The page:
The UCLA Comprehensive Stroke Center at Ronald Reagan UCLA Medical Center has received a Get With The Guidelines - Stroke award for implementing specific quality improvement measures outlined by the American Heart Association/American Stroke Association for the treatment of stroke patients.
Get With The Guidelines - Stroke helps hospital teams provide the most up-to-date, research-based guidelines with the goal of speeding recovery and reducing death and disability for stroke patients. UCLA earned the Gold-Plus Quality Achievement Award award for measures that include aggressive use of medications and risk-reduction therapies aimed at reducing death and disability and improving the lives of stroke patients.
UCLA also received the association’s Target: Stroke Honor Roll for meeting stroke quality measures that reduce the time between hospital arrival and treatment with the clot-buster tPA, the only drug approved by the U.S. Food and Drug Administration to treat ischemic stroke. People who suffer a stroke who receive the drug within three hours of the onset of symptoms may recover quicker and are less likely to suffer severe disability.
“At the UCLA Comprehensive Stroke Center, we are dedicated to improving the quality of stroke care, and The American Heart Association/American Stroke Association’s Get With The Guidelines–Stroke helps us achieve that goal,” said Dr. Jeffrey Saver, director of the UCLA Stroke Center and professor of neurology at the David Geffen School of Medicine at UCLA. “With this award, our hospital demonstrates our commitment to ensure that our patients receive care based on internationally-respected clinical guidelines.”
“We are pleased to recognize UCLA for their commitment and dedication to stroke care,” said Dr. Deepak L. Bhatt, national chairman of the Get With The Guidelines steering committee and executive director of Interventional Cardiovascular Programs at Brigham and Women's Hospital and professor of medicine at Harvard Medical School. “Studies have shown that hospitals that consistently follow Get With The Guidelines quality improvement measures can reduce patients’ length of stays and 30-day readmission rates and reduce disparity gaps in care.”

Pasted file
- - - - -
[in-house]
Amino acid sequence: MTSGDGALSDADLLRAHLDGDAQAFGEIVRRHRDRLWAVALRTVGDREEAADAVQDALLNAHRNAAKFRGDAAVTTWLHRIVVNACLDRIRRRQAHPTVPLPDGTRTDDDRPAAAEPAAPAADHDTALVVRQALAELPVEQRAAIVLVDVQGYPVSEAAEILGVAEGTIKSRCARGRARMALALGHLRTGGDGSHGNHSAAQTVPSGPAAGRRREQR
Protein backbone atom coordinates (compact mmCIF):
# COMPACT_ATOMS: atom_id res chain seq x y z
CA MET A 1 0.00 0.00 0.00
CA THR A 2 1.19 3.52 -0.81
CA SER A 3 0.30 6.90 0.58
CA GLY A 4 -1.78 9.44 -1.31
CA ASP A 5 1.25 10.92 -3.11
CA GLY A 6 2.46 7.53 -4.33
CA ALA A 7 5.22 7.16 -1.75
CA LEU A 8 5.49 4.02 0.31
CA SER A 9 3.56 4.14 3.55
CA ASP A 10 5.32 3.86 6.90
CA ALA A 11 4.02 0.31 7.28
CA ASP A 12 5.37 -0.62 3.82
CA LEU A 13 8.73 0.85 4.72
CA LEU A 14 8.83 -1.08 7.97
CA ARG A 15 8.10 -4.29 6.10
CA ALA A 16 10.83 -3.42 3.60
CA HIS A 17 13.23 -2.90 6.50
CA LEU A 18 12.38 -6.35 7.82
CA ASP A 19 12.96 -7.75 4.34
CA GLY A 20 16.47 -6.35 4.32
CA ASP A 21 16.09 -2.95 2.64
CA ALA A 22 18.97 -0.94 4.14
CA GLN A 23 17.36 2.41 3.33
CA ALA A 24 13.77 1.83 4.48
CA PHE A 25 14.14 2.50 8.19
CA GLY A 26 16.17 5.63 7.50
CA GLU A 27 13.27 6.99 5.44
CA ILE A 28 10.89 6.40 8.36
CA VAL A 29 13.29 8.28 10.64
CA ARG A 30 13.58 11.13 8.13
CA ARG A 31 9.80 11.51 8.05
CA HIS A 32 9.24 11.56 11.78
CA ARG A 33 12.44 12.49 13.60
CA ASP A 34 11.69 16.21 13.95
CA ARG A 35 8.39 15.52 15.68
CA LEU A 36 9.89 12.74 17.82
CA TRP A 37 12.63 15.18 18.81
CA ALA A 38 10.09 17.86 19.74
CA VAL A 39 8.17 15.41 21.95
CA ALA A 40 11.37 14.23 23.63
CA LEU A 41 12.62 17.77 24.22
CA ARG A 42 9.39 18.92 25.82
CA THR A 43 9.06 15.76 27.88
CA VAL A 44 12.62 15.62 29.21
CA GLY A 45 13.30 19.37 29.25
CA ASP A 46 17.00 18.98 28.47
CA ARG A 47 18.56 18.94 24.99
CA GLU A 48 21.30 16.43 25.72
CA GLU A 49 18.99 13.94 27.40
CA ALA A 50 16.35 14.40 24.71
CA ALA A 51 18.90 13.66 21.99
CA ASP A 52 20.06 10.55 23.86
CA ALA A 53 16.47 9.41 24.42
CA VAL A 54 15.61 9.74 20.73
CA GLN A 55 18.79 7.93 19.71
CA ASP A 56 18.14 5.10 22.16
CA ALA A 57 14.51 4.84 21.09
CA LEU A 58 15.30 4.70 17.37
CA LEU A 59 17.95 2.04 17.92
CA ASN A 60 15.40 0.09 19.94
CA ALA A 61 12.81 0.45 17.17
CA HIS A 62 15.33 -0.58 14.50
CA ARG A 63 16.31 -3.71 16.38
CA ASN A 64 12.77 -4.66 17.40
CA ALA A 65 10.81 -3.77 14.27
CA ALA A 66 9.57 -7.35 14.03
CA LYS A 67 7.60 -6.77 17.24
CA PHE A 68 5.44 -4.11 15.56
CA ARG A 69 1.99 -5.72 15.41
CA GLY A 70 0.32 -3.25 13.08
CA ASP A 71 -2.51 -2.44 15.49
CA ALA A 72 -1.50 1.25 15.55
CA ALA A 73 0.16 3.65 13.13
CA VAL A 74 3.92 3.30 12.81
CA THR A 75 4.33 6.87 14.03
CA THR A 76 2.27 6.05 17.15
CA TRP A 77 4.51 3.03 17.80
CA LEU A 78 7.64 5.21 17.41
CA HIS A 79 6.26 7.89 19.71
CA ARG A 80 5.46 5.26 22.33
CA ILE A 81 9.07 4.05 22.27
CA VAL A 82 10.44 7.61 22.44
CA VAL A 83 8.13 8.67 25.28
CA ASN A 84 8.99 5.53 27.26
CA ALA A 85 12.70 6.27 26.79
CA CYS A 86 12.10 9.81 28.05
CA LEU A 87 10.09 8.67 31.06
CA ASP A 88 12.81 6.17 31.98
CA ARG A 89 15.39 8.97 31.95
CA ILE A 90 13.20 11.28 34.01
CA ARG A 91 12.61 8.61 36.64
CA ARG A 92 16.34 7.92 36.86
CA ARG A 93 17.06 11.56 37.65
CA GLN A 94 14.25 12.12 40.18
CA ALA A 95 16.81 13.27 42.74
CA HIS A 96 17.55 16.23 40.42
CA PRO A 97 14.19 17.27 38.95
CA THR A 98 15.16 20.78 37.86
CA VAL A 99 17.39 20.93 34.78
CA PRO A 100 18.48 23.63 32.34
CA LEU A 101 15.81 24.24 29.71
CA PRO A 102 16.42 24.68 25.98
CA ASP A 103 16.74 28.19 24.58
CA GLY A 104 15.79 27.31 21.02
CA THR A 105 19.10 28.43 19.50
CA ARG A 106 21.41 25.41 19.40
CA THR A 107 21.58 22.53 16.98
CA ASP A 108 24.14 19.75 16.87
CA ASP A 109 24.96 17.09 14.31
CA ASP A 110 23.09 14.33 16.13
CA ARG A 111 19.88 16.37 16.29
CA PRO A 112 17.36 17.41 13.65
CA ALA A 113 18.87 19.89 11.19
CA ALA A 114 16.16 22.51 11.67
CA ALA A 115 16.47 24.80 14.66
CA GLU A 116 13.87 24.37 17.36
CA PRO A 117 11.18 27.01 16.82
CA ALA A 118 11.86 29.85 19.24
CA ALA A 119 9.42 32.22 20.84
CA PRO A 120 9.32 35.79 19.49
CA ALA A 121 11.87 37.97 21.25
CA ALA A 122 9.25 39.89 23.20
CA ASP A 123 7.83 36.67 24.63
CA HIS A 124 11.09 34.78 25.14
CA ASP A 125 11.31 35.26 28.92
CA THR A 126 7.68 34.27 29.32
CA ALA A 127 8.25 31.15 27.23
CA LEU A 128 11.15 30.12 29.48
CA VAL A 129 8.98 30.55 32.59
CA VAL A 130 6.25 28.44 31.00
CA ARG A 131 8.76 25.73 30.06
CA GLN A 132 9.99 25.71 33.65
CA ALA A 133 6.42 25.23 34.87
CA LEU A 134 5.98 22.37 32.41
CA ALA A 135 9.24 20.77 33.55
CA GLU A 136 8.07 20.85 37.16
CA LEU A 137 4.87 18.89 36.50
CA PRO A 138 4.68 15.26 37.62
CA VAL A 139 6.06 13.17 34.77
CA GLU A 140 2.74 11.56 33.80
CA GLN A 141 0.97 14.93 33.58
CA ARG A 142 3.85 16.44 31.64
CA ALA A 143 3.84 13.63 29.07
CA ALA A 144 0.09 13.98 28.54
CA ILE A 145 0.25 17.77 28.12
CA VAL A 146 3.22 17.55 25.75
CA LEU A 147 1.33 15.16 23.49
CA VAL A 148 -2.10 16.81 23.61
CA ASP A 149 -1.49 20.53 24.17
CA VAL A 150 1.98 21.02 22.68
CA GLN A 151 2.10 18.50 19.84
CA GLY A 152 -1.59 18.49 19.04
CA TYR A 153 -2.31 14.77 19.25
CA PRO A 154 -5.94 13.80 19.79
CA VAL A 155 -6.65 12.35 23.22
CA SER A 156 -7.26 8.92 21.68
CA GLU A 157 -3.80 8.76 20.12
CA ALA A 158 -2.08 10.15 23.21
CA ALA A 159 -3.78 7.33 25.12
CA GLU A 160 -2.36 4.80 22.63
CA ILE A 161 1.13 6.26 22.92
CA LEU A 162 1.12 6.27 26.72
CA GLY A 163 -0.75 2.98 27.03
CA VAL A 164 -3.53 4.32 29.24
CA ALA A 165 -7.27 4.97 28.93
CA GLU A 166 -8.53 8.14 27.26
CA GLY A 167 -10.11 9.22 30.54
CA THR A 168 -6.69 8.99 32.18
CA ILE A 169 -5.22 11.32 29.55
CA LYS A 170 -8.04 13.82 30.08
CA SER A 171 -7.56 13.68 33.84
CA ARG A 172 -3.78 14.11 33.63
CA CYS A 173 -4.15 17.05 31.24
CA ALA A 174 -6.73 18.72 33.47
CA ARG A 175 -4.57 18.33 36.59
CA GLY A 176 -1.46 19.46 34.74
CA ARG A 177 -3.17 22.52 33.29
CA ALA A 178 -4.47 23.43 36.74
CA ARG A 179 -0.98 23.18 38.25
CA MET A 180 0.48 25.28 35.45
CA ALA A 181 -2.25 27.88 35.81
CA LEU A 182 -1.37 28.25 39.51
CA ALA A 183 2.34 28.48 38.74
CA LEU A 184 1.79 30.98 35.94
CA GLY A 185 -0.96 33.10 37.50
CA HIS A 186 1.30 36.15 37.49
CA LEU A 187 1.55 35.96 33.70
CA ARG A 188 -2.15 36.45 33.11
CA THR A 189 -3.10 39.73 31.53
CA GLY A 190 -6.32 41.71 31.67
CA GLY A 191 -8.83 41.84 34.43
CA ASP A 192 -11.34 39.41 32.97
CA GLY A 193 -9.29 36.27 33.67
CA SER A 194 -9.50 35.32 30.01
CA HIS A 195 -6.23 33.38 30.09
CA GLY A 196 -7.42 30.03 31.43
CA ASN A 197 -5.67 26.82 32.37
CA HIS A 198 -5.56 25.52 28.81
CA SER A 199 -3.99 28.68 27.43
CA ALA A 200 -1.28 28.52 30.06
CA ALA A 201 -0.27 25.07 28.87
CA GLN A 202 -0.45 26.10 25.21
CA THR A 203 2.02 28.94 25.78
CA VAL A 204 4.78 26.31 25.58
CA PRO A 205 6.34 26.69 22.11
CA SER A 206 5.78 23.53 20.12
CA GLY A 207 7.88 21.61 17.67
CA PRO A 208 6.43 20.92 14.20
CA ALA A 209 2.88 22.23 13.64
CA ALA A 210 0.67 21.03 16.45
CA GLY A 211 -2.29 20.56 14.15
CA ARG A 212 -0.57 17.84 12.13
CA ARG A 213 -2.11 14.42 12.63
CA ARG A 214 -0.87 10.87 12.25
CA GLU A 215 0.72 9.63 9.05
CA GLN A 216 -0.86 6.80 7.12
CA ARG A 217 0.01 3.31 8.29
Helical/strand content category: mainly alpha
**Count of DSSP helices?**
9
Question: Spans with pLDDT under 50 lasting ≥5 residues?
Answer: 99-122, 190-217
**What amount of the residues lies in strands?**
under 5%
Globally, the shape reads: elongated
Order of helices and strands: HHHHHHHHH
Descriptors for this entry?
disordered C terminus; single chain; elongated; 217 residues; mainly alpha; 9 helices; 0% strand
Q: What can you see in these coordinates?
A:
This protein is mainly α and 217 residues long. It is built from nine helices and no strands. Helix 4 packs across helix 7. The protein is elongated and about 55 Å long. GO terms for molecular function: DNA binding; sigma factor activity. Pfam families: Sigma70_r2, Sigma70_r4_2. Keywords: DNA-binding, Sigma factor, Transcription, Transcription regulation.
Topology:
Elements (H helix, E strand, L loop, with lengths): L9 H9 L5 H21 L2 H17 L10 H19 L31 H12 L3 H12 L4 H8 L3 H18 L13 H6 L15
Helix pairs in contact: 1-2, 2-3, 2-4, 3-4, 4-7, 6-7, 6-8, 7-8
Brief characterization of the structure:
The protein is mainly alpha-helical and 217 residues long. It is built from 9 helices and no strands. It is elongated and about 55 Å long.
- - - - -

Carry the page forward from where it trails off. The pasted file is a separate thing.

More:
Get With The Guidelines–Stroke also helps UCLA’s staff implement prevention measures, which include educating stroke patients to manage their risk factors and to be aware of warning signs for stroke, and ensuring they take their medications properly. Hospitals can make customized patient education materials available upon discharge, based on the patients’ individual risk profiles. The take-away materials are written in an easy-to-understand format in either English or Spanish.
According to the American Heart Association/American Stroke Association, stroke is the number four cause of death and a leading cause of adult disability in the United States. On average, someone suffers a stroke every 40 seconds; someone dies of a stroke every four minutes; and 795,000 people suffer a new or recurrent stroke each year.
The UCLA Comprehensive Stroke Center, recognized as one of the world's leading centers for the management of cerebral vascular disease, treats simple and complex vascular disorders by incorporating recent developments in emergency medicine, stroke neurology, microneurosurgery, interventional neuroradiology, stereotactic radiology, neurointensive care, neuroanesthesiology and rehabilitation neurology. The program is unique in its ability to integrate clinical and research activities across multiple disciplines and departments. Founded in 1994, the UCLA Stroke Center is designated as a certified Primary Stroke Center by the national Joint Commission on Accreditation of Healthcare Organizations.
About Get With The Guidelines
Get With The Guidelines is the American Heart Association/American Stroke Association’s hospital-based quality improvement program that provides hospitals with the latest research-based guidelines. Developed with the goal of saving lives and hastening recovery, Get With The Guidelines has touched the lives of more than 4 million patients since 2001. For more information, visit heart.org/quality or heart.org/myhealthcare.